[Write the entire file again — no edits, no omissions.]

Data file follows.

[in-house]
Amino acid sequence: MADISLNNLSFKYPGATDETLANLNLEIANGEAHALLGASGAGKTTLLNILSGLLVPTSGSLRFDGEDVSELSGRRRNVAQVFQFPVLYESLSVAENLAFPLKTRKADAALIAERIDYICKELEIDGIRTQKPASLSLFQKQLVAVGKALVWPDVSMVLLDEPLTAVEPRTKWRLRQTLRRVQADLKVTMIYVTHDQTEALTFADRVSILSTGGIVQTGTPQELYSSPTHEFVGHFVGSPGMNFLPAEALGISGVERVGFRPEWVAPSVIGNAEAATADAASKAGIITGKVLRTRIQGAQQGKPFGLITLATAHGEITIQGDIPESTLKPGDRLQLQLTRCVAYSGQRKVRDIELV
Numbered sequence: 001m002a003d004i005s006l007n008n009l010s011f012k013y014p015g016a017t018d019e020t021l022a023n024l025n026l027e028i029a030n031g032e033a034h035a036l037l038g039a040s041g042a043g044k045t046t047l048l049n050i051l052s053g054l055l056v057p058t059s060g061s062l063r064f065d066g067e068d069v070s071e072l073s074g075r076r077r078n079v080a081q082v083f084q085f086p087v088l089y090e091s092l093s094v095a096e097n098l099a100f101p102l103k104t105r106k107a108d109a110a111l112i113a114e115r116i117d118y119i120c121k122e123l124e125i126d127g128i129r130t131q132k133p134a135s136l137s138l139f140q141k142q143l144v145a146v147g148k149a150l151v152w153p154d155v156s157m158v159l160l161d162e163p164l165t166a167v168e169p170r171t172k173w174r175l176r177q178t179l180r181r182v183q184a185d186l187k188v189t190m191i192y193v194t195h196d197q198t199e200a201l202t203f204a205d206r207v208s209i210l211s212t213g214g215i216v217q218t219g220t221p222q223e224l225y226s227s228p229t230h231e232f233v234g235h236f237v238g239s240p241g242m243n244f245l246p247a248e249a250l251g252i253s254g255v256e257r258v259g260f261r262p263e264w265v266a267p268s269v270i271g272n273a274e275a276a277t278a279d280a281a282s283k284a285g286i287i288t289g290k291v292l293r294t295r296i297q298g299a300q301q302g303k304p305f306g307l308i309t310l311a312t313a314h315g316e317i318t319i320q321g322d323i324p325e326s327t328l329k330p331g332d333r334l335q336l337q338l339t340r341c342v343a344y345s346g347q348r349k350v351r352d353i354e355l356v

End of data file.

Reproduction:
[in-house]
Amino acid sequence: MADISLNNLSFKYPGATDETLANLNLEIANGEAHALLGASGAGKTTLLNILSGLLVPTSGSLRFDGEDVSELSGRRRNVAQVFQFPVLYESLSVAENLAFPLKTRKADAALIAERIDYICKELEIDGIRTQKPASLSLFQKQLVAVGKALVWPDVSMVLLDEPLTAVEPRTKWRLRQTLRRVQADLKVTMIYVTHDQTEALTFADRVSILSTGGIVQTGTPQELYSSPTHEFVGHFVGSPGMNFLPAEALGISGVERVGFRPEWVAPSVIGNAEAATADAASKAGIITGKVLRTRIQGAQQGKPFGLITLATAHGEITIQGDIPESTLKPGDRLQLQLTRCVAYSGQRKVRDIELV
Numbered sequence: 001m002a003d004i005s006l007n008n009l010s011f012k013y014p015g016a017t018d019e020t021l022a023n024l025n026l027e028i029a030n031g032e033a034h035a036l037l038g039a040s041g042a043g044k045t046t047l048l049n050i051l052s053g054l055l056v057p058t059s060g061s062l063r064f065d066g067e068d069v070s071e072l073s074g075r076r077r078n079v080a081q082v083f084q085f086p087v088l089y090e091s092l093s094v095a096e097n098l099a100f101p102l103k104t105r106k107a108d109a110a111l112i113a114e115r116i117d118y119i120c121k122e123l124e125i126d127g128i129r130t131q132k133p134a135s136l137s138l139f140q141k142q143l144v145a146v147g148k149a150l151v152w153p154d155v156s157m158v159l160l161d162e163p164l165t166a167v168e169p170r171t172k173w174r175l176r177q178t179l180r181r182v183q184a185d186l187k188v189t190m191i192y193v194t195h196d197q198t199e200a201l202t203f204a205d206r207v208s209i210l211s212t213g214g215i216v217q218t219g220t221p222q223e224l225y226s227s228p229t230h231e232f233v234g235h236f237v238g239s240p241g242m243n244f245l246p247a248e249a250l251g252i253s254g255v256e257r258v259g260f261r262p263e264w265v266a267p268s269v270i271g272n273a274e275a276a277t278a279d280a281a282s283k284a285g286i287i288t289g290k291v292l293r294t295r296i297q298g299a300q301q302g303k304p305f306g307l308i309t310l311a312t313a314h315g316e317i318t319i320q321g322d323i324p325e326s327t328l329k330p331g332d333r334l335q336l337q338l339t340r341c342v343a344y345s346g347q348r349k350v351r352d353i354e355l356v